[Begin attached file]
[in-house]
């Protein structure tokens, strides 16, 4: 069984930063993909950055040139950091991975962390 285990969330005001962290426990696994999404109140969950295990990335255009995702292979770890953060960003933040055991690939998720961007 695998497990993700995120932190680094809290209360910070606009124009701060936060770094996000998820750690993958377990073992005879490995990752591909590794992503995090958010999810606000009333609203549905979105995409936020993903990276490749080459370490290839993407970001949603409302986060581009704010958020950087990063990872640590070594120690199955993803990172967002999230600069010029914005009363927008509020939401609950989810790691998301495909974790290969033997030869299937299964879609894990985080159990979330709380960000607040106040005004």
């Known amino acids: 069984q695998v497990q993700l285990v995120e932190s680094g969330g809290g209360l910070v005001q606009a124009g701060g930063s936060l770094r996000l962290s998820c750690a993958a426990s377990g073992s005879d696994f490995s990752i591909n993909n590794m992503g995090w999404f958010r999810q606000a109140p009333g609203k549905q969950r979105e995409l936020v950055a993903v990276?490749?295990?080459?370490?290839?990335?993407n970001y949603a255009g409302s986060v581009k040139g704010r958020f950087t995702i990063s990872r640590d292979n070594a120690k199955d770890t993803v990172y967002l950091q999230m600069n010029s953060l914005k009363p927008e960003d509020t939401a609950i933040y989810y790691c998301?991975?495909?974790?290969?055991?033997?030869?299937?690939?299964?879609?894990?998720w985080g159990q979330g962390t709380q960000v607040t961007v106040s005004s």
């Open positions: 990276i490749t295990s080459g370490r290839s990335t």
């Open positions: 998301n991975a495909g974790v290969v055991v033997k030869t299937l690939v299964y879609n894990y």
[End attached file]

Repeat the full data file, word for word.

[in-house]
């Protein structure tokens, strides 16, 4: 069984930063993909950055040139950091991975962390 285990969330005001962290426990696994999404109140969950295990990335255009995702292979770890953060960003933040055991690939998720961007 695998497990993700995120932190680094809290209360910070606009124009701060936060770094996000998820750690993958377990073992005879490995990752591909590794992503995090958010999810606000009333609203549905979105995409936020993903990276490749080459370490290839993407970001949603409302986060581009704010958020950087990063990872640590070594120690199955993803990172967002999230600069010029914005009363927008509020939401609950989810790691998301495909974790290969033997030869299937299964879609894990985080159990979330709380960000607040106040005004």
């Known amino acids: 069984q695998v497990q993700l285990v995120e932190s680094g969330g809290g209360l910070v005001q606009a124009g701060g930063s936060l770094r996000l962290s998820c750690a993958a426990s377990g073992s005879d696994f490995s990752i591909n993909n590794m992503g995090w999404f958010r999810q606000a109140p009333g609203k549905q969950r979105e995409l936020v950055a993903v990276?490749?295990?080459?370490?290839?990335?993407n970001y949603a255009g409302s986060v581009k040139g704010r958020f950087t995702i990063s990872r640590d292979n070594a120690k199955d770890t993803v990172y967002l950091q999230m600069n010029s953060l914005k009363p927008e960003d509020t939401a609950i933040y989810y790691c998301?991975?495909?974790?290969?055991?033997?030869?299937?690939?299964?879609?894990?998720w985080g159990q979330g962390t709380q960000v607040t961007v106040s005004s």
């Open positions: 990276i490749t295990s080459g370490r290839s990335t």
């Open positions: 998301n991975a495909g974790v290969v055991v033997k030869t299937l690939v299964y879609n894990y």